Just So You Know – At the The Toronto Golf and Travel Show these courses offer excellent opening season specials, providing excellent value and access to two great courses.  If you’re attending the show in the future make a point of exploring their offers.

 

Bucket List Overview – Part 4 – Prince Edward Island

This is the fourth of 10 posts that will look back on the current status of my bucket list.  Focusing on all 10 provinces, I’ll share links to courses played and remaining on my list, along with some new courses for consideration.  I’ll share some pictures, stories and wishes for future travel.  Canada is an amazing country for public golf, go play (once the snow is melted, of course).

Bucket List Courses PlayedLinks at Crowbush Cove, Brudenell River, Dundarave, Mill River, Stanhope, Fox Meadow, Green Gables, Eagles Glenn, Glasgow Hills, Andersons Creek

Bucket List Courses Remaining

Other Courses Played

Bucket List Contenders

Other Courses of Note – Belfast Highland Greens

 

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The iconic Anne of Green Gables home is set close to the 11th hole of Green Gables Golf Club

Overview

PEI is a unique golfing destination in Canada.  It is also brings together exceptional golfing quality, value, convenience, hospitality and interests to complement time away from the course.  I have written extensively about my golf experience in Fall 2015 on the Gentle Island and it remains my favourite place to play golf in Canada.  With courses set within the top 100 in Canada you get access to quality courses like Crowbush Cove and Dundarave.  You can play courses built by designers like Stanley Thompson, Graham Cooke, Dr. Michael Hurdzen / Dana Fry, and Robbie Robinson among others.  If you’re fortunate to play the top courses on the Island you may find – as I did – that there are other courses which deserve strong consideration to be on that list, notably Green Gables and Mill River.  This bucket list trip allowed me to play all 10 of my PEI courses in a 6 day span.  I have ranked these 10 courses on the Island and invite you to share your feedback on this list, acknowledging all ranking lists are highly subjective.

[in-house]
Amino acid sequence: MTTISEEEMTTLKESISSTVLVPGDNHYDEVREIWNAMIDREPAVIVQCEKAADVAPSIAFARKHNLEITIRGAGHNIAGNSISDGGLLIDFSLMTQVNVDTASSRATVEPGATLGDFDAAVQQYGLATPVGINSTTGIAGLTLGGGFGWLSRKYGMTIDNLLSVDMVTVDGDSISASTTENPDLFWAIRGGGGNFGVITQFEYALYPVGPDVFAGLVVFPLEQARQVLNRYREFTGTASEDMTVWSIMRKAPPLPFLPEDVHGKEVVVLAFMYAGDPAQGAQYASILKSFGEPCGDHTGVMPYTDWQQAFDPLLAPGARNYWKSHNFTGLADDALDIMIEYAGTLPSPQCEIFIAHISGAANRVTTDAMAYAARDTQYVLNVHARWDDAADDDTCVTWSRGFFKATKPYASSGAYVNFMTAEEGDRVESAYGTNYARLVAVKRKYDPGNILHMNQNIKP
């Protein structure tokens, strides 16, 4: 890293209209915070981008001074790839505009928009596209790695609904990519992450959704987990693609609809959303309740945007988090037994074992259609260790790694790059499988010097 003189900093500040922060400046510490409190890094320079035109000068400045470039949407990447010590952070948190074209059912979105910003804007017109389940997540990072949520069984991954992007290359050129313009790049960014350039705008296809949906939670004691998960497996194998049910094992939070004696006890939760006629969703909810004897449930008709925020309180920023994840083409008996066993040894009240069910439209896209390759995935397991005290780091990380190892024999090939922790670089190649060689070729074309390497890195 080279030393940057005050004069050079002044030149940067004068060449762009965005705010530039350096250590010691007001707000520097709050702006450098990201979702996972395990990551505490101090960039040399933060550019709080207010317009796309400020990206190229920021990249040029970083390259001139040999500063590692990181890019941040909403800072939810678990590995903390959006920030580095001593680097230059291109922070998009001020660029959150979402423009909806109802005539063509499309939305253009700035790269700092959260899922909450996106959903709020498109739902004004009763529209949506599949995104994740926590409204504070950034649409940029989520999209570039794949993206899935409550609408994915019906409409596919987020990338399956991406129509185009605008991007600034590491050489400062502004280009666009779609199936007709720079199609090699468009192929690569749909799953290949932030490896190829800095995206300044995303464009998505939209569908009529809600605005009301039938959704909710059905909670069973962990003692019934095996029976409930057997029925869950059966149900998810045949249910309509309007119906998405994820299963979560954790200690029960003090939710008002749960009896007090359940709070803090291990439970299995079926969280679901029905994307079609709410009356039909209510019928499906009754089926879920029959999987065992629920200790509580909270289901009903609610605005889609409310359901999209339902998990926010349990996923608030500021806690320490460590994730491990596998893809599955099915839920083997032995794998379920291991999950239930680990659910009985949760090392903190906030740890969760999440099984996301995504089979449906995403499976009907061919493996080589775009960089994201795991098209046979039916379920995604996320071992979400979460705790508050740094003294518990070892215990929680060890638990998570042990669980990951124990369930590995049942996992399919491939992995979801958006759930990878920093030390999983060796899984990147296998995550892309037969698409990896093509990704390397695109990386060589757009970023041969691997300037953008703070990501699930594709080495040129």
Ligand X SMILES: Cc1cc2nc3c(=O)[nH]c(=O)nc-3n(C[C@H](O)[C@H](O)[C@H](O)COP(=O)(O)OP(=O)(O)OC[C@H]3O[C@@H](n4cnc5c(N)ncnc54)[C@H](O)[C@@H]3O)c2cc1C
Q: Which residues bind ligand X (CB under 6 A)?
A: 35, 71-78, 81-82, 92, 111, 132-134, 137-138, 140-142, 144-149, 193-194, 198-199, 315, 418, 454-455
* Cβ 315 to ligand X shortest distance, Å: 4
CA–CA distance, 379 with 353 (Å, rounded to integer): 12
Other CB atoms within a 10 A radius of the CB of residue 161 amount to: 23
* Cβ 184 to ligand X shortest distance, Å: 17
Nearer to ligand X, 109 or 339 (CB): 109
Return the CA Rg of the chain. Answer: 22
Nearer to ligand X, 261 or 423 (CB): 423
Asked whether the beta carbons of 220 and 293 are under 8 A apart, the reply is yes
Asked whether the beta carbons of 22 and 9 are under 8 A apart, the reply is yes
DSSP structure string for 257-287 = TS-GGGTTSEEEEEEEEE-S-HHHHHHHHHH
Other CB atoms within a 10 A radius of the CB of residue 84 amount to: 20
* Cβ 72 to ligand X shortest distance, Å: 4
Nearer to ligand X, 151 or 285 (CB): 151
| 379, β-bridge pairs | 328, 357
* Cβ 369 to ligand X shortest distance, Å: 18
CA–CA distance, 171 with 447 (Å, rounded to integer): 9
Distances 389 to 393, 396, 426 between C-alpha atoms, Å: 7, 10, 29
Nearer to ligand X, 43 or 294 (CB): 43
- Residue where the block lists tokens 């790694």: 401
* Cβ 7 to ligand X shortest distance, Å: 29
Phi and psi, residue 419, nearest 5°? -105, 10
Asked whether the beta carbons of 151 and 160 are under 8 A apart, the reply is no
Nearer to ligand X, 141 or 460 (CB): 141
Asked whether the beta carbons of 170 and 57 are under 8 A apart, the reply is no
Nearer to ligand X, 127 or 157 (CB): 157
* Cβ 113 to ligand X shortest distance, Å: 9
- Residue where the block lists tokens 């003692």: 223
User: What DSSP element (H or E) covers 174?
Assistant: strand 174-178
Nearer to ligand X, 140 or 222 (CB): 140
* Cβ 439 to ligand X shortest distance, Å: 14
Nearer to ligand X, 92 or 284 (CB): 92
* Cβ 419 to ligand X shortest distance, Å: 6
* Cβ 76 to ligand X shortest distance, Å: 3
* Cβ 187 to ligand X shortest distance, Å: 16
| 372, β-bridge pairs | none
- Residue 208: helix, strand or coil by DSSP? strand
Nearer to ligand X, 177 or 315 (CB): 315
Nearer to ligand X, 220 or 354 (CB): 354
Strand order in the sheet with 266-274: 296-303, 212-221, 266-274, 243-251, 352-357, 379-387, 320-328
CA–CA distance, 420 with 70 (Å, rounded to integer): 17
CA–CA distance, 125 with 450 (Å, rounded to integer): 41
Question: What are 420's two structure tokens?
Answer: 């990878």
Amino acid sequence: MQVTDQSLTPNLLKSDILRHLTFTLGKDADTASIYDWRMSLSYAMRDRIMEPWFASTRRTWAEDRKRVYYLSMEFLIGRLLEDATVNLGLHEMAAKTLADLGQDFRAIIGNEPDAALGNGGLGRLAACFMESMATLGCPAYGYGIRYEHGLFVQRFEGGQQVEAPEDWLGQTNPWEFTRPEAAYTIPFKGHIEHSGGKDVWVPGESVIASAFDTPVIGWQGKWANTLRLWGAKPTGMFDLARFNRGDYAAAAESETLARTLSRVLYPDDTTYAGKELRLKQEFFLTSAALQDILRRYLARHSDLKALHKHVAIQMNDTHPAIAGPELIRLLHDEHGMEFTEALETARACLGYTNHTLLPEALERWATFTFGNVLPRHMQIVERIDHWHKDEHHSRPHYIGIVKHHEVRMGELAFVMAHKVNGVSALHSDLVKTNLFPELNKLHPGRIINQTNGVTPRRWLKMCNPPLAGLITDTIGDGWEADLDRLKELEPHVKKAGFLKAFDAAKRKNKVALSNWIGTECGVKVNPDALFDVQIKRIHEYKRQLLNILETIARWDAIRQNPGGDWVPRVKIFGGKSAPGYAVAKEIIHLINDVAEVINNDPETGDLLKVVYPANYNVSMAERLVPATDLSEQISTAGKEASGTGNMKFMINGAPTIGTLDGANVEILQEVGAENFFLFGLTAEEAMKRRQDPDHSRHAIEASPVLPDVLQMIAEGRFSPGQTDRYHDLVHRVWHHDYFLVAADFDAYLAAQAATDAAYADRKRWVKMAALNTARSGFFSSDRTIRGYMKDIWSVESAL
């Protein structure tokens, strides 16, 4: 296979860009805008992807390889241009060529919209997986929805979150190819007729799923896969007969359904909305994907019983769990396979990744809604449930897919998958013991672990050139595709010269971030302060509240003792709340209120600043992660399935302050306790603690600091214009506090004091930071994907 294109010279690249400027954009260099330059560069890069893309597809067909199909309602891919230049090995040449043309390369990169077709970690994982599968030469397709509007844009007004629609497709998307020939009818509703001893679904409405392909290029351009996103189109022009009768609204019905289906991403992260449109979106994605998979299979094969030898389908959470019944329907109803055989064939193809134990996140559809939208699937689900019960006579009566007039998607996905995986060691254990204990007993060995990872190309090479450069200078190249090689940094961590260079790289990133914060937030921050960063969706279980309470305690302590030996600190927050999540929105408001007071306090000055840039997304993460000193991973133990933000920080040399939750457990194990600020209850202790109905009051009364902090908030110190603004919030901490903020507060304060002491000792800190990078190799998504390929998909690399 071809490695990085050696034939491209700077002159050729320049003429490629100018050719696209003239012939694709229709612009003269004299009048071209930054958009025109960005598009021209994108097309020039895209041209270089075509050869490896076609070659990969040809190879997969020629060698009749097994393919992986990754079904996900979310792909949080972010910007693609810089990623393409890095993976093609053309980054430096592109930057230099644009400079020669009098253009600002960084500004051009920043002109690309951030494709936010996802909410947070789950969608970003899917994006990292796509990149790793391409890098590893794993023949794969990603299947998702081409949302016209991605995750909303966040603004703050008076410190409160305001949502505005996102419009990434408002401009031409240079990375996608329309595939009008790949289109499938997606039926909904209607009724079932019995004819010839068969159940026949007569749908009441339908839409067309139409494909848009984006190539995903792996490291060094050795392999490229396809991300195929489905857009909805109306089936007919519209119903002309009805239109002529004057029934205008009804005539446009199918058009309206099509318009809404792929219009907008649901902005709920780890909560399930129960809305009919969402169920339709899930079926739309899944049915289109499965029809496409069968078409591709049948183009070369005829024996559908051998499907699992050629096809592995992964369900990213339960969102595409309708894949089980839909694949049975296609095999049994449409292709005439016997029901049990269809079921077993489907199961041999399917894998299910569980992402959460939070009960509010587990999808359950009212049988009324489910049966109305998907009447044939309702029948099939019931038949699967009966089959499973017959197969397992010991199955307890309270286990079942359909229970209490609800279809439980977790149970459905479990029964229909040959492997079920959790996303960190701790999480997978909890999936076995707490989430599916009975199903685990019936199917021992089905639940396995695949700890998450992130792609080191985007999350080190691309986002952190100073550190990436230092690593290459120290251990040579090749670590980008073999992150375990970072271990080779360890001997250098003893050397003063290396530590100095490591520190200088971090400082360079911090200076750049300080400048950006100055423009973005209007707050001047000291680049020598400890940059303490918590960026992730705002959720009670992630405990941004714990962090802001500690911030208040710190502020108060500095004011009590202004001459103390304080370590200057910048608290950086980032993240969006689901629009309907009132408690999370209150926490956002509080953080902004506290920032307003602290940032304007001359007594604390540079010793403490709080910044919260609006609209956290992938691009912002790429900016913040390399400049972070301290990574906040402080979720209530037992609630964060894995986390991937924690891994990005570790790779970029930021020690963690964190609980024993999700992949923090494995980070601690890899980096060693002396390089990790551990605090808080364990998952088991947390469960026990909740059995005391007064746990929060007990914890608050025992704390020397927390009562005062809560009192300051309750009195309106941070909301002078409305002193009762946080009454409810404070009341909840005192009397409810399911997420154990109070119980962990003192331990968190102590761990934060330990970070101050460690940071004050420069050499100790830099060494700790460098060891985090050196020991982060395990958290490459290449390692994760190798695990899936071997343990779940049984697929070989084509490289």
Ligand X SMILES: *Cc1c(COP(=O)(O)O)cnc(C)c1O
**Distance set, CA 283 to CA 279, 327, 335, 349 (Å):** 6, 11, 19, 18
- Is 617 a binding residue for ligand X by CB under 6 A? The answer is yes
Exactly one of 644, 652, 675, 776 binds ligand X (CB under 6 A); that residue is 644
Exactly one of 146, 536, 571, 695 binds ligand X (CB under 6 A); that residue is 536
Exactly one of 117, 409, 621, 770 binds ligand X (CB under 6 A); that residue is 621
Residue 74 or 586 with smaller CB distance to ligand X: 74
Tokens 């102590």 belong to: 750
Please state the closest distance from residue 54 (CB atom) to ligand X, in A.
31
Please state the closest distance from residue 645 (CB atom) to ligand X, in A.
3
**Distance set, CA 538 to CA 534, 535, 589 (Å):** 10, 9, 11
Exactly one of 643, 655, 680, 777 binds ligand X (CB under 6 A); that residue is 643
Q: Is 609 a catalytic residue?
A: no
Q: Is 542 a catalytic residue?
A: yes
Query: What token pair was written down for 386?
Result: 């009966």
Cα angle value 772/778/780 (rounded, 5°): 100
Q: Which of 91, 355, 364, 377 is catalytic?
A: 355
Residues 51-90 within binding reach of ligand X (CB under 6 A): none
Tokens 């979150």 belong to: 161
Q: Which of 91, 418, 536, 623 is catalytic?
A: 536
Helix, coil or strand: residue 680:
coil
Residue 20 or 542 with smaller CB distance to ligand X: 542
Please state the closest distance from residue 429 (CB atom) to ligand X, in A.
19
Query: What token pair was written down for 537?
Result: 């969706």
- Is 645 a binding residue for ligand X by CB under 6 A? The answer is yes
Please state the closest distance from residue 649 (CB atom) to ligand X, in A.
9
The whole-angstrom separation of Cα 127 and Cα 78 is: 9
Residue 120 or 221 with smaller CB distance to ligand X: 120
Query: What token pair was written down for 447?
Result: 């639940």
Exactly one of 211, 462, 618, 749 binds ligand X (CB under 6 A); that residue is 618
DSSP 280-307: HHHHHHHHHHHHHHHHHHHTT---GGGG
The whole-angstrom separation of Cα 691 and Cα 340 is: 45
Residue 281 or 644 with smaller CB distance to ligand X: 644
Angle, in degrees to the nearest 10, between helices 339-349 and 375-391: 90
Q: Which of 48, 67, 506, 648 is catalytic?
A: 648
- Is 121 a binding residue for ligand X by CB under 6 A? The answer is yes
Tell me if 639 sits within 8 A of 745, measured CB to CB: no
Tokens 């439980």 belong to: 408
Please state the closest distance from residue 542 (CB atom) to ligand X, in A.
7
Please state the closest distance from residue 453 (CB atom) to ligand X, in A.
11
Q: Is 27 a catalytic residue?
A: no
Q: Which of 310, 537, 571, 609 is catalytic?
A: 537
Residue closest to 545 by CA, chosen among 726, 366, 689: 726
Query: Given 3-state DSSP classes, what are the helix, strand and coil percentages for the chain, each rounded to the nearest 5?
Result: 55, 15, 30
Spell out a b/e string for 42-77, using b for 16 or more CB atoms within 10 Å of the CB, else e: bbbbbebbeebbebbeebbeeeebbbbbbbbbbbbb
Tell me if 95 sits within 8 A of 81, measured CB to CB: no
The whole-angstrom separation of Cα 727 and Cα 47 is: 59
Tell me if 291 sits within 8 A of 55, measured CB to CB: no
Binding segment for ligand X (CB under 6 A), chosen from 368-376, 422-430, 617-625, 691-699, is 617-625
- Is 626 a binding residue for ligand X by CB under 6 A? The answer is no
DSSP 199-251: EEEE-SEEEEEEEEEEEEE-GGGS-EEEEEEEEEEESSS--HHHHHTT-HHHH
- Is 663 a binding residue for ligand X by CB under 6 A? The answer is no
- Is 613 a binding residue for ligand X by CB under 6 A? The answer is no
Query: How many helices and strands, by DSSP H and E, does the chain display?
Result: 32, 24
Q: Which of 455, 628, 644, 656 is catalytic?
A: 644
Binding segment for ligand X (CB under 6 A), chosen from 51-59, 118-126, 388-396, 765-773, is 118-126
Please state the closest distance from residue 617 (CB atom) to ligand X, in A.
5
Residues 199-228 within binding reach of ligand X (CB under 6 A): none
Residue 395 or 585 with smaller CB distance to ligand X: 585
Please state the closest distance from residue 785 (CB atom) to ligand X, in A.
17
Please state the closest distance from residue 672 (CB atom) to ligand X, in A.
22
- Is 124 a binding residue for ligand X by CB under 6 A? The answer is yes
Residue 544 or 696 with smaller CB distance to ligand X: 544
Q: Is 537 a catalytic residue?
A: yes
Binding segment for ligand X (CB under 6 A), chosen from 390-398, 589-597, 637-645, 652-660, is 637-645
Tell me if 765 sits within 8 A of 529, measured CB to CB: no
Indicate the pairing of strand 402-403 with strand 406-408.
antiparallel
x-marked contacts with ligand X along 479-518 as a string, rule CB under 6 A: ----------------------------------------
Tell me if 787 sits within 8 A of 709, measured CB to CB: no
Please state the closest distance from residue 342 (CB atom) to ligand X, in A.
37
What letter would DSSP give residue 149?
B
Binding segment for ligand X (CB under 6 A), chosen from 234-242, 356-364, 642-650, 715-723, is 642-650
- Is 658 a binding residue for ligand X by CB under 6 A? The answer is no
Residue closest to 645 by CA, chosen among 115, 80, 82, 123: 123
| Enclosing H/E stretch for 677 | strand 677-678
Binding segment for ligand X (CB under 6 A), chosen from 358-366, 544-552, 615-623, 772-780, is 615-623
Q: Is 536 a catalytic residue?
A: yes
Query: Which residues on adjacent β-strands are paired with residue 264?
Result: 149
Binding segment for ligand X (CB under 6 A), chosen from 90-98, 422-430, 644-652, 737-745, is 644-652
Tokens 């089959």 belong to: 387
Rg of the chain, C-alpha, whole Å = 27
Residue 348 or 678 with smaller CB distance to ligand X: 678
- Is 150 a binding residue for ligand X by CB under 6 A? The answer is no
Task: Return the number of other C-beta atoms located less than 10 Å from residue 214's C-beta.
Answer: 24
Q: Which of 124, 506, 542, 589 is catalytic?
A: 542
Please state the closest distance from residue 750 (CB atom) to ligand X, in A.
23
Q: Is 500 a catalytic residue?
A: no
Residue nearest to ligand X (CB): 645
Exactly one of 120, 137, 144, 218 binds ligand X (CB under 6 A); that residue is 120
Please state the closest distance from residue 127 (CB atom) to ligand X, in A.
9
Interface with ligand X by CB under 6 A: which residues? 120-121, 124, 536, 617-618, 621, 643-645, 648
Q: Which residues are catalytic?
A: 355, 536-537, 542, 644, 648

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Carr’s. If you’re going to be near Stanley Bridge it’s well worth a visit.

There are four courses which the province of PEI owns and operates; Crowbush, Mill River, Dundarave and Brudenell.  Arguably four of the top courses on the Island, they represent the diversity of golf available on PEI.  Close to Cavendish is a cluster of excellent golf, mere minutes away from each other: Green Gables, Eagles Glenn, Glasgow Hills and Andersons Creek are all in close proximity.  For travelers, the course closest to the Charlottetown airport which we played was Fox Meadow.  If you can only squeeze in a round this would be your choice.  And the most relaxed location?  That goes to Stanhope.  Don’t let it’s benign from nine fool you.  The back nine is simply breathtaking and offers a stretch of golf holes which are arguably the most scenic on the Island.

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There’s a 6-hole stretch on the back nine of Stanhope which is simply heavenly.

Utilizing Golf PEI, I was able to secure Island Green Cards for our foursome, allowing us the chance to play all 17 of their member courses.  While our itinerary only allowed us time for 10, at $399 (+taxes) you can understand why PEI provides such great value for golfers.  To find so much great golf, most of it only an hour from where we stayed, PEI continues to be one of Canada’s leading golf destinations.

Travel Notes